Characterization of HoMADS1 and its induction by plant hormones
during in vitro ovule development in Hyacinthus orientalis L.
Hong Yan Xu
, Xing Guo Li
, Quan Zi Li
, Shu Nong Bai
, Wen Liang Lu
College of Life Sciences, Shandong Agricultural University, Taian, Shandong 271018, China (*author for
correspondence; e-mail firstname.lastname@example.org);
College of Life Sciences, Beijing University, Beijing 100871,
Institute of Botany, Chinese Academy of Sciences, Beijing 100093, China;
Present address: College
of Life Sciences, Yantai Normal University, Yantai, Shandong 264025, China
Received 3 February 2004; accepted in revised form 22 April 2004
Key words: expression pattern, functional analysis, HoMADS1, hormones, in vitro ovule development
To understand the molecular mechanism of ovule development, a MADS box gene, HoMADS1, has been
isolated from the ovule tissues of Hyacinthus. Sequence comparison showed that HoMADS1 is highly
homologous to both class C and D genes. Furthermore, phylogenetic analysis suggests that HoMADS1 is
most likely a class D MADS box gene. RNA hybridization revealed that HoMADS1 was exclusively
expressed in the ovules. Over-expressing HoMADS1 in transgenic Arabidopsis plants produced ectopic
carpelloid structures, including ovules, indicating that HoMADS1 is involved in the determination of carpel
and ovule identities. Interestingly, during in vitro ﬂowering, no HoMADS1 mRNA was detected in the
ﬂoral tissues at high level hormones in the media. However, HoMADS1 mRNA accumulated in the ﬂoral
tissues when the regenerated ﬂowers were transferred to the media containing low level hormones which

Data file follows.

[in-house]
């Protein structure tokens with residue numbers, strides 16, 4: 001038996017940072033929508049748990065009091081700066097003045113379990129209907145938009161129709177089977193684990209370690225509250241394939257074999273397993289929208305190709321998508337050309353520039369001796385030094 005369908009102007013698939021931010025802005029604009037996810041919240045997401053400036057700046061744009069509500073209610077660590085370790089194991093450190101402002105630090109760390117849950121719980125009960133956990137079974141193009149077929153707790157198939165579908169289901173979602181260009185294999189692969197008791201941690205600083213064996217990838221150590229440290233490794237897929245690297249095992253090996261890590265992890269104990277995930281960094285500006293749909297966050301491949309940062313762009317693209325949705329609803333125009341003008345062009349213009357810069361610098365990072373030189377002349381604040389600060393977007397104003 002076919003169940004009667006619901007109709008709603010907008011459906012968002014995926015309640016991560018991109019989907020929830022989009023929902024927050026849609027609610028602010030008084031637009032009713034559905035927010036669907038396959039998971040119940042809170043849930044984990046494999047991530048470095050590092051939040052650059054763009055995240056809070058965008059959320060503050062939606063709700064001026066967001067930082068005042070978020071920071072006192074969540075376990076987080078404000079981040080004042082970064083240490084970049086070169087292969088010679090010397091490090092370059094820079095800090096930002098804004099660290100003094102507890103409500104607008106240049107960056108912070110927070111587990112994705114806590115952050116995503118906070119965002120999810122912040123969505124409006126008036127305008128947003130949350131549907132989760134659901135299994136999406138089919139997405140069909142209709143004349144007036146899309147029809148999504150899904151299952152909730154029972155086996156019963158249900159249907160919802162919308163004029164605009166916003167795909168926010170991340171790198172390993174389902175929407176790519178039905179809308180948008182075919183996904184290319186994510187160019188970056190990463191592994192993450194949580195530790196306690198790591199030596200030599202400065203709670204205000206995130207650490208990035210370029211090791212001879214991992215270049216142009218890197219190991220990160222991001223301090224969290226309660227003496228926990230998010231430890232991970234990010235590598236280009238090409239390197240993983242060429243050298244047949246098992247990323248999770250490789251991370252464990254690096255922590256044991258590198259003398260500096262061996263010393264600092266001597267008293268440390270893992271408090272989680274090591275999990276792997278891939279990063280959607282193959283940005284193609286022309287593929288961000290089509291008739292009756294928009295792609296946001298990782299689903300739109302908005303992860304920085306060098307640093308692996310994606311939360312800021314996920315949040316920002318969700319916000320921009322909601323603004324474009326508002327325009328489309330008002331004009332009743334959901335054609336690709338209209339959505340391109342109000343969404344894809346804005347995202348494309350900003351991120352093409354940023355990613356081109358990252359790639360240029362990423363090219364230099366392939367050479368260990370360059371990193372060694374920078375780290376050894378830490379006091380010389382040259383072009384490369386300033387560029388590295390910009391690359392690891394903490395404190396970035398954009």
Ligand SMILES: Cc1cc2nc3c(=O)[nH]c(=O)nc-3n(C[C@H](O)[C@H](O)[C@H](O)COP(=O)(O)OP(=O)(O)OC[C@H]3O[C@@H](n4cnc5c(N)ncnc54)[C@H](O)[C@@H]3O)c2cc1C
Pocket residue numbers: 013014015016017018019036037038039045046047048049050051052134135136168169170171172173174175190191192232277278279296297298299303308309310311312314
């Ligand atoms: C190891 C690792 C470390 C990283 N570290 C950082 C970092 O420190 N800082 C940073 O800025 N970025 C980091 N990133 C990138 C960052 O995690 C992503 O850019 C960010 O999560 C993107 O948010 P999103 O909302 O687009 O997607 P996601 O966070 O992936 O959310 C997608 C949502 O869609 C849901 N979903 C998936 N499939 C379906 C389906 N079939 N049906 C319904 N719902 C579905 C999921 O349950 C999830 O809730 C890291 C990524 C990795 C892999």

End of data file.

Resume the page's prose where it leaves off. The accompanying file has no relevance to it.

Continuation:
could induce in vitro ovule formation. Our data suggest that the induction of HoMADS1 by plant hor-
mones may play important roles during ovule initiation and development in the regenerated ﬂower.
Whether HoMADS1 expression is also regulated by cytokinin and auxin during ovule development in
planta remains to be investigated.
In angiosperms, pistil is the female reproductive
organ that plays a central role in plant sexual
reproduction and agriculture. Pistil commonly
consists of the stigma, the style and the ovary.
During ﬂower development, ovule diﬀerentiation
starts from the placenta in the ovary and ulti-
mately results in the formation of a female game-
tophyte, which contains a haploid egg cell and a
diploid central cell. After fertilization, the ovule
ﬁnally develops into a seed (Gasser and Robinson-
Beers, 1993; Reiser and Fischer, 1993).
Based on the basis of genetic and molecular
analysis, the ABC model was proposed to describe
the action and interactions of three classes of
homeotic gene A, B and C, which determine the
ﬂoral organ identity. Each class of the genes
functioning in two adjacent whorls has been
identiﬁed from many plant species. In Arabidop-
sis, the class A genes including APETALA1 (AP1)
and APETALA2 (AP2) are required for sepal and
petal determination, the class B genes APETALA3
(AP3) and PISTILLATA (PI ) for petal and sta-
men formation, and the class C gene AGAMOUS
(AG) for stamen and carpel speciﬁcation. Se-
quence analysis revealed that the genes AP1, AP3,
PI and AG contain a conserved MADS box, and
therefore they were designated as MADS box
genes (Yanofsky et al., 1990; Coen and Meyero-
Plant Molecular Biology 55: 209–220, 2004.
Ó 2004 Kluwer Academic Publishers. Printed in the Netherlands.